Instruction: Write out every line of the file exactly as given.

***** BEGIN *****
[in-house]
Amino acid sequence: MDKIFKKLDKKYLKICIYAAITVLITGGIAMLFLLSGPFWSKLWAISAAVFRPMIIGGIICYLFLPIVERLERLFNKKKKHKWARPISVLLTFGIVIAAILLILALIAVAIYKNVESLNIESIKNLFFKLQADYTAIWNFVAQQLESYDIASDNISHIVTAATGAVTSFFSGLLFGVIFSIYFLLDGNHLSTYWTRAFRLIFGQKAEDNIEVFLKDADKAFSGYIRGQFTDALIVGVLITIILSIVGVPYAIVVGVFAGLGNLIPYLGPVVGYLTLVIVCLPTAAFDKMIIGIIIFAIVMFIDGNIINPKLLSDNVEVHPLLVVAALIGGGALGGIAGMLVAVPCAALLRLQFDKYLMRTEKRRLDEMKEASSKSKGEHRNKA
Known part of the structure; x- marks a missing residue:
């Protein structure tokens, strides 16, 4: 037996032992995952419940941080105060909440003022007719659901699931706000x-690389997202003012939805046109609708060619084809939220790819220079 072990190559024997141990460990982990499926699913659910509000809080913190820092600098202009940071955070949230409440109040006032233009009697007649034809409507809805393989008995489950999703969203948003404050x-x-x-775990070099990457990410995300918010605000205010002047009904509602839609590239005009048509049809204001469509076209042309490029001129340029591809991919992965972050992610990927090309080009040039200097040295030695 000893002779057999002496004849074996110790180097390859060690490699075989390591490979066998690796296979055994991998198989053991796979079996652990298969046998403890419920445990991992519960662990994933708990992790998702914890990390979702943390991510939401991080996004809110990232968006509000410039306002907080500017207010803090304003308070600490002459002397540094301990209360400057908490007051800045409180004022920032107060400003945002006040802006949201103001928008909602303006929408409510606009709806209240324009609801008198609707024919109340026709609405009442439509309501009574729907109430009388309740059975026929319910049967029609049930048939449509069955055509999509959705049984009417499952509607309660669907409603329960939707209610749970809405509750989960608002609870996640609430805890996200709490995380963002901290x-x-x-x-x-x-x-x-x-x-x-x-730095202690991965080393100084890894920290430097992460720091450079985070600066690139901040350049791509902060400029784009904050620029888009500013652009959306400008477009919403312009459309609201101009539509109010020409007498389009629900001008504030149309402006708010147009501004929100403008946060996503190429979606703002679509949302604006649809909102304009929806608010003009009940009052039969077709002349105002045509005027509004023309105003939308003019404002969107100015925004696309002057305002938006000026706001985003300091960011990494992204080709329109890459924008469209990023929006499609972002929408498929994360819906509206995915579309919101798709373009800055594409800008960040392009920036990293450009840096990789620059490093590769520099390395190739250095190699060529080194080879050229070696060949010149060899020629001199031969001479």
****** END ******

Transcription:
[in-house]
Amino acid sequence: MDKIFKKLDKKYLKICIYAAITVLITGGIAMLFLLSGPFWSKLWAISAAVFRPMIIGGIICYLFLPIVERLERLFNKKKKHKWARPISVLLTFGIVIAAILLILALIAVAIYKNVESLNIESIKNLFFKLQADYTAIWNFVAQQLESYDIASDNISHIVTAATGAVTSFFSGLLFGVIFSIYFLLDGNHLSTYWTRAFRLIFGQKAEDNIEVFLKDADKAFSGYIRGQFTDALIVGVLITIILSIVGVPYAIVVGVFAGLGNLIPYLGPVVGYLTLVIVCLPTAAFDKMIIGIIIFAIVMFIDGNIINPKLLSDNVEVHPLLVVAALIGGGALGGIAGMLVAVPCAALLRLQFDKYLMRTEKRRLDEMKEASSKSKGEHRNKA
Known part of the structure; x- marks a missing residue:
């Protein structure tokens, strides 16, 4: 037996032992995952419940941080105060909440003022007719659901699931706000x-690389997202003012939805046109609708060619084809939220790819220079 072990190559024997141990460990982990499926699913659910509000809080913190820092600098202009940071955070949230409440109040006032233009009697007649034809409507809805393989008995489950999703969203948003404050x-x-x-775990070099990457990410995300918010605000205010002047009904509602839609590239005009048509049809204001469509076209042309490029001129340029591809991919992965972050992610990927090309080009040039200097040295030695 000893002779057999002496004849074996110790180097390859060690490699075989390591490979066998690796296979055994991998198989053991796979079996652990298969046998403890419920445990991992519960662990994933708990992790998702914890990390979702943390991510939401991080996004809110990232968006509000410039306002907080500017207010803090304003308070600490002459002397540094301990209360400057908490007051800045409180004022920032107060400003945002006040802006949201103001928008909602303006929408409510606009709806209240324009609801008198609707024919109340026709609405009442439509309501009574729907109430009388309740059975026929319910049967029609049930048939449509069955055509999509959705049984009417499952509607309660669907409603329960939707209610749970809405509750989960608002609870996640609430805890996200709490995380963002901290x-x-x-x-x-x-x-x-x-x-x-x-730095202690991965080393100084890894920290430097992460720091450079985070600066690139901040350049791509902060400029784009904050620029888009500013652009959306400008477009919403312009459309609201101009539509109010020409007498389009629900001008504030149309402006708010147009501004929100403008946060996503190429979606703002679509949302604006649809909102304009929806608010003009009940009052039969077709002349105002045509005027509004023309105003939308003019404002969107100015925004696309002057305002938006000026706001985003300091960011990494992204080709329109890459924008469209990023929006499609972002929408498929994360819906509206995915579309919101798709373009800055594409800008960040392009920036990293450009840096990789620059490093590769520099390395190739250095190699060529080194080879050229070696060949010149060899020629001199031969001479």